Applying this rule, it is apparent that there are several significant distinctions between legal and school holidays as defined above: (1) there are more legal holidays than school holidays; (2) the day immediately following Thanksgiving Day is a school but not a legal holiday; (3) the legislature has directed that if alegal holiday (other than Sunday) falls on a Sunday, "the following Monday shall be a legal holiday" -no similar provision applies where aschool holiday falls on Sunday.
In an opinion to the Honorable Thurman E. Ward, Prosecuting Attorney, Klickitat County, dated April 29, 1958 (AGO 57-58 No. 186) we had occasion to interpret section 2, chapter 20, Laws of 1955 (RCW 28.02.060) supra. Therein, because of the legislative prohibition we held that a school district could not hold regular classes on Saturday even on a voluntary basis and qualify for regular state apportionment credit. While we reaffirm this holding, it is not controlling in this case since the day here in question, January 2, 1961, viz. the day immediately following New Year's day, is not a day on which a school district is prohibited from requiring a teacher to teach.
It is our opinion that, under the language quoted above, if a school holidayhappens to fall on Sunday, the following Monday is not a school holiday. We feel a careful reading of the proviso of section 2, chapter 20, Laws of 1955 (RCW 28.02.060) supra will affirm this conclusion.
Likewise, we believe our conclusion is supported by the application of the familiar rule of expressio unius est exclusio alterius -the expression of one thing is the exclusion of all others. See DeGrief v. Seattle, supra; Bradley v. Department of Labor and Industries, 52 Wn. (2d) 780, 329 P. (2d) 196 (1958); State v. Thompson, 38 Wn. (2d) 774, 232 P. (2d) 87 (1951). The legislature made express provision where a legal holiday (other than Sunday) falls on Sunday but made no similar provision in the case of school holidays.
Accordingly, we must conclude that a school district may, in the exercise of its discretion, require its teachers, in the absence [[Orig. Op. Page 4]] of a contract provision to the contrary, to conduct regular classes on Monday, January 2, 1961 and thus qualify for regular apportionment credit.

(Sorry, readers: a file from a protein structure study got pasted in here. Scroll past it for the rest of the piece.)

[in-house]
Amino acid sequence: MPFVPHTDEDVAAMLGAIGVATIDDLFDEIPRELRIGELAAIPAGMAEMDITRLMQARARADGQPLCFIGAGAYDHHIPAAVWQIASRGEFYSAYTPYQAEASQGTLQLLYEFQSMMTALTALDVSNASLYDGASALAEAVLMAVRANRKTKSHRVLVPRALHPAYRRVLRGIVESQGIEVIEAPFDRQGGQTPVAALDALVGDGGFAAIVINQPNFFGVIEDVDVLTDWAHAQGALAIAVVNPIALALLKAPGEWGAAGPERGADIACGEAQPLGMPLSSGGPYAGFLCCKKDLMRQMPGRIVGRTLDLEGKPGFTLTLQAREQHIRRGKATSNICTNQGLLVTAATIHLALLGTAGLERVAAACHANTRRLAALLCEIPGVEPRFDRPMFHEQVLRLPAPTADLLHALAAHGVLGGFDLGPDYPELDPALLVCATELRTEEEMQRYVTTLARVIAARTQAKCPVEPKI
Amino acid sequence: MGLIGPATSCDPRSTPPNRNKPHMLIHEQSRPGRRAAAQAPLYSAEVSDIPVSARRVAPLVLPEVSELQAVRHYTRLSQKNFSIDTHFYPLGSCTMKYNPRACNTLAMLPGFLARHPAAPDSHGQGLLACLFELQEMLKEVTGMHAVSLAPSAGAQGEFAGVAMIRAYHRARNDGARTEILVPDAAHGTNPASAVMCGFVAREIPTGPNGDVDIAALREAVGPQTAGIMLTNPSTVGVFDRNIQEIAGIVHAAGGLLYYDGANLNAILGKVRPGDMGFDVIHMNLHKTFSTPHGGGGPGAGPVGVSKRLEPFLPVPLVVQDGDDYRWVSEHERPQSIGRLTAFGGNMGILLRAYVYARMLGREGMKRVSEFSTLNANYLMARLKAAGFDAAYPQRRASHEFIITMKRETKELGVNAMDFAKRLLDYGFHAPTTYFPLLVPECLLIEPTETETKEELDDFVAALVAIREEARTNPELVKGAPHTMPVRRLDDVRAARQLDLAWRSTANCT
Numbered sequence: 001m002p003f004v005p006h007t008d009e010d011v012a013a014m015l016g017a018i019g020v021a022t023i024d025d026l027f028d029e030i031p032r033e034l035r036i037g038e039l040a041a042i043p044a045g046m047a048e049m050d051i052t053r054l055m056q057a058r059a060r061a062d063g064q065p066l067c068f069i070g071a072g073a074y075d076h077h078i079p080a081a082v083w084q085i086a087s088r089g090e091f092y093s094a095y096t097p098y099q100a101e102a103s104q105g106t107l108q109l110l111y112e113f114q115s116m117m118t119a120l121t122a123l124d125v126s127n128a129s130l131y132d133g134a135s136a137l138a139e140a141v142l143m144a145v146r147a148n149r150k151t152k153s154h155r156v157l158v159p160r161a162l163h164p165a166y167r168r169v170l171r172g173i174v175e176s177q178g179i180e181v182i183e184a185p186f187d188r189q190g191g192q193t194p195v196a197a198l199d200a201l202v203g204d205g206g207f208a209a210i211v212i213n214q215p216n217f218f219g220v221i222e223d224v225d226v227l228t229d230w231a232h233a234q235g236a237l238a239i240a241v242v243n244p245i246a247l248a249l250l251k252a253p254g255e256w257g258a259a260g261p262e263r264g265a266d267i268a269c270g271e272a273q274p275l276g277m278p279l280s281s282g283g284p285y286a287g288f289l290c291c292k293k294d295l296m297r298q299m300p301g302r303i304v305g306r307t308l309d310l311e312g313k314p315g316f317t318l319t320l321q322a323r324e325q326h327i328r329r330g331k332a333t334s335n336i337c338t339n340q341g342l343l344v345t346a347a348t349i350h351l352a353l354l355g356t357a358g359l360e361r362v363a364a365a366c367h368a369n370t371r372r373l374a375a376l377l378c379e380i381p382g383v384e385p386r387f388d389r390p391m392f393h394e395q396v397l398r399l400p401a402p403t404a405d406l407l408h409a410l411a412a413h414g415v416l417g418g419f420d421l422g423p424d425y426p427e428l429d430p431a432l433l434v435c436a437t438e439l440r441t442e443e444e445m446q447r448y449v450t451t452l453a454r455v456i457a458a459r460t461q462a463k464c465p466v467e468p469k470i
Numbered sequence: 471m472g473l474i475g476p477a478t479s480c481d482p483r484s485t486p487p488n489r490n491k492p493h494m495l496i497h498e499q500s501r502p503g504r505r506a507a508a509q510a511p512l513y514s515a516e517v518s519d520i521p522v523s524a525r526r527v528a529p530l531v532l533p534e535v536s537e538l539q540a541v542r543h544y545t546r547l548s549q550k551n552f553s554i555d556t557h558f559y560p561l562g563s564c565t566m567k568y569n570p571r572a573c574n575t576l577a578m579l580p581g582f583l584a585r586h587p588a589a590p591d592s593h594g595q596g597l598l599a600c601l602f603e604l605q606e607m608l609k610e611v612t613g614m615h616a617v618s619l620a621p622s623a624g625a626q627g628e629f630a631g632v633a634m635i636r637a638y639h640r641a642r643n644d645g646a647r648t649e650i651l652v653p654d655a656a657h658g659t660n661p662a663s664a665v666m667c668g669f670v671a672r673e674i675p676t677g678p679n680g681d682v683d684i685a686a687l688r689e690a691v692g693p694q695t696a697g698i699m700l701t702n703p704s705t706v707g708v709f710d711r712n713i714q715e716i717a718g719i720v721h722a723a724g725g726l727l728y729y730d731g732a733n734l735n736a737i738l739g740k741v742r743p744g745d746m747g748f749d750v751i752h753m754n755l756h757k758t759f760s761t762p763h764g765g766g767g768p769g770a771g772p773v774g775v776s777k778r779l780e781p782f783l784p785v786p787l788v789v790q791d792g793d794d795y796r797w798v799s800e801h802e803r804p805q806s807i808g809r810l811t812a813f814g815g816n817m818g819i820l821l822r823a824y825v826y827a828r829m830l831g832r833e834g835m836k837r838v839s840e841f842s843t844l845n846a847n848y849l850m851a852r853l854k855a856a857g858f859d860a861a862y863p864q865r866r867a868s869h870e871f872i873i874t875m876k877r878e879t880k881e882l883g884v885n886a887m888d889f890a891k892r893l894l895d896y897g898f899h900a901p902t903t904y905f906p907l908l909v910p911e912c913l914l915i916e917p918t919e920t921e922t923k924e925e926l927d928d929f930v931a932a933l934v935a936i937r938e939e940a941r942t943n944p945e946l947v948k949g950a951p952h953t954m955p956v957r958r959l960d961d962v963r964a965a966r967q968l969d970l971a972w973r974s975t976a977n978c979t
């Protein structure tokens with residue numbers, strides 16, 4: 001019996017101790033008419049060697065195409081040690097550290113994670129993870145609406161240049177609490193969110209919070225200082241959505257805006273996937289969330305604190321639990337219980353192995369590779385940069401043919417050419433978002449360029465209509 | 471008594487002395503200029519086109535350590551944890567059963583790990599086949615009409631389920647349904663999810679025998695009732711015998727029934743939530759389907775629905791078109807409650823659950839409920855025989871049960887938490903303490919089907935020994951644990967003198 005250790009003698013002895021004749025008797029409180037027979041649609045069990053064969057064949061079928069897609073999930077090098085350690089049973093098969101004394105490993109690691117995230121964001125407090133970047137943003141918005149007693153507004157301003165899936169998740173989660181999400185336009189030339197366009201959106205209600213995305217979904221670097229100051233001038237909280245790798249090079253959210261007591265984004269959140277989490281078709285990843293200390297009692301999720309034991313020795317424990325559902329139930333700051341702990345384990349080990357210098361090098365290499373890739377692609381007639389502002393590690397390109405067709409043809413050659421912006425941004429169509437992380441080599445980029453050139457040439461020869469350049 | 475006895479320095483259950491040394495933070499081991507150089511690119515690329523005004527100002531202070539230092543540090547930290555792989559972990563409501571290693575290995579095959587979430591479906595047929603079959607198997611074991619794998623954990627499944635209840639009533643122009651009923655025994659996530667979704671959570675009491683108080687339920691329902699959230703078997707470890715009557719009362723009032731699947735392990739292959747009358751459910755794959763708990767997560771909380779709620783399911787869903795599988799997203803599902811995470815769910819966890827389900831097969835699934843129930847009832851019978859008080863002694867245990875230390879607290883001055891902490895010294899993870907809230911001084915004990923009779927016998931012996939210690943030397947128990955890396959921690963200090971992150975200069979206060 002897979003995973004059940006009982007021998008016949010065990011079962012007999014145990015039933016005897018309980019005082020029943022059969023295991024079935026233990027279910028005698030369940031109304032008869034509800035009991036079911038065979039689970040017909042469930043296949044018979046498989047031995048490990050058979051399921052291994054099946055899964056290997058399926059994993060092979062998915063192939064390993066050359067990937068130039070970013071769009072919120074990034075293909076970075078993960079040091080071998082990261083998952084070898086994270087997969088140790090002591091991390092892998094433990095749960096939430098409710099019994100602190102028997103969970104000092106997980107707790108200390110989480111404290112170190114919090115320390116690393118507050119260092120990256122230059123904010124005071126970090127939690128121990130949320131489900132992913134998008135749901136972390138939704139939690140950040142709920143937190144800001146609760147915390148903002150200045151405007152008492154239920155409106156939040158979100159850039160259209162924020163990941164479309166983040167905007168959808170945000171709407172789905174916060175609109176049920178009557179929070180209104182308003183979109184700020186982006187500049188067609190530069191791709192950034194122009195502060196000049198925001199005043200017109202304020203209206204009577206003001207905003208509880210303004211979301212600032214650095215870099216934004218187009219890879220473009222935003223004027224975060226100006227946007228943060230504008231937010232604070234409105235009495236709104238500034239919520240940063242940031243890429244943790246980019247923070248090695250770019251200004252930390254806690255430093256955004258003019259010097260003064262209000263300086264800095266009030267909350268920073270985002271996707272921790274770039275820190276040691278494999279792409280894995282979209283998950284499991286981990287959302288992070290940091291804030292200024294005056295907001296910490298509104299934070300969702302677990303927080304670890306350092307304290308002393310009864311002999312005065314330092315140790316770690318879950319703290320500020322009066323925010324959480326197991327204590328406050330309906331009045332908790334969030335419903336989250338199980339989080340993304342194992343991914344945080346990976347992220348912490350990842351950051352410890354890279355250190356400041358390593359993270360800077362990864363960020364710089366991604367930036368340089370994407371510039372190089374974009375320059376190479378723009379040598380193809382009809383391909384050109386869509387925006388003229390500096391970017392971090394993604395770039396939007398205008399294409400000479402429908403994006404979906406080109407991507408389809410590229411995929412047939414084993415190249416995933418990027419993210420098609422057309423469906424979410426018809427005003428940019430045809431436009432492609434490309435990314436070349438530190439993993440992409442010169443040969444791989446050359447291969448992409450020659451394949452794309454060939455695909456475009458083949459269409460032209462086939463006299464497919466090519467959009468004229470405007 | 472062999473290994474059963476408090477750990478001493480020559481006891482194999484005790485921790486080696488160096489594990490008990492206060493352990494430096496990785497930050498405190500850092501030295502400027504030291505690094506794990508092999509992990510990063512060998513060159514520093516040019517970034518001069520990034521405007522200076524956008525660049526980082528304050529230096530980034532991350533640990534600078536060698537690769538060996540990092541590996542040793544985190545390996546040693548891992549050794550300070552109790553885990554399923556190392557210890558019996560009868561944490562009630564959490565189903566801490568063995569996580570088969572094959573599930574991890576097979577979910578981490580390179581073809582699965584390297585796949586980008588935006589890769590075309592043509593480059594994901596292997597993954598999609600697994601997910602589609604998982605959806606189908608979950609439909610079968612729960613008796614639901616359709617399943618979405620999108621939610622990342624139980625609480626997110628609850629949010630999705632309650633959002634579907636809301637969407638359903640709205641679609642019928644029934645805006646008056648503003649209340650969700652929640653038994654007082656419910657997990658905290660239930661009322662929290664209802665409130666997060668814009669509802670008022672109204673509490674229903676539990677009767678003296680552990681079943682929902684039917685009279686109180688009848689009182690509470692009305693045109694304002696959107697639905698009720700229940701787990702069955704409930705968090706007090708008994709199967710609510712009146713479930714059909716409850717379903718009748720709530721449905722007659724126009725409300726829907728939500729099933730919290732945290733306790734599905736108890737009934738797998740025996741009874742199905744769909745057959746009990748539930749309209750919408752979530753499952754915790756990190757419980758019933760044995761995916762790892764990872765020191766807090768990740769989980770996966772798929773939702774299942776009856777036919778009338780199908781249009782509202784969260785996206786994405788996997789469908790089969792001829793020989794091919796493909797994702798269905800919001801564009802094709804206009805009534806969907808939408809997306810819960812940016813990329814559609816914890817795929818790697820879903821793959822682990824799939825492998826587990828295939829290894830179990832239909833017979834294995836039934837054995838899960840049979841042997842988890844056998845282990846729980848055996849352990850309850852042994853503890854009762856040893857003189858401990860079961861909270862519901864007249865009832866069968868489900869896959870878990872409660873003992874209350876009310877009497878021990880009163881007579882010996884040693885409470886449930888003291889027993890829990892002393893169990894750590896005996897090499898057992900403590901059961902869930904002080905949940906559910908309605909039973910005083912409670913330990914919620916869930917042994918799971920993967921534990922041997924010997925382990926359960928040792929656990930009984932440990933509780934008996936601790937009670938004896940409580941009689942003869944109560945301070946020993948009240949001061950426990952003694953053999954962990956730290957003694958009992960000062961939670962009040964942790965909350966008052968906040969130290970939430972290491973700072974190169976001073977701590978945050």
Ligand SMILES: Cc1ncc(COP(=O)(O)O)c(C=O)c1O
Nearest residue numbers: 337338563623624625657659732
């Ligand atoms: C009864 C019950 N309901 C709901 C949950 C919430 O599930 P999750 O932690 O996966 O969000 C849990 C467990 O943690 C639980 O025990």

We should like to mention, however, that nothing we have stated herein is to be construed as requiring school to be taught on January 2, 1961. This is a matter which must be decided by the local board of directors. It might well be that in some districts the Christmas Vacation period established by the local boards of directors will include January 2, 1961. Such is certainly within the power of the board (see opinion written to the Honorable R. B. Bryan, dated June 20, 1905; opinion written to the Honorable Sam H. Nichols, Secretary of State, dated April 21, 1905) and, if the standard form for teacher's contracts issued by the State Superintendent of Public Instruction is used by the district, noactual school day will be lost. The standard form provides in pertinent part as follows:
". . . said teacher shall be employed to teach in the public schools of said district, and is to perform such duties as are prescribed by the laws of the State of Washington, and by the rules and regulations made thereunder pertaining to said district, for one year, which shall include [ordinarily 180 days] actual teaching days, exclusive of holidays and vacations, . . ." (Emphasis supplied.)
Of course, if no school is held on January 2, 1961, the district cannot qualify for the regular apportionment for that day.
We trust that the foregoing will be of assistance to you.
Very truly yours,
JOHN J. O'CONNELL
ROBERT J. DORAN
Assistant Attorney General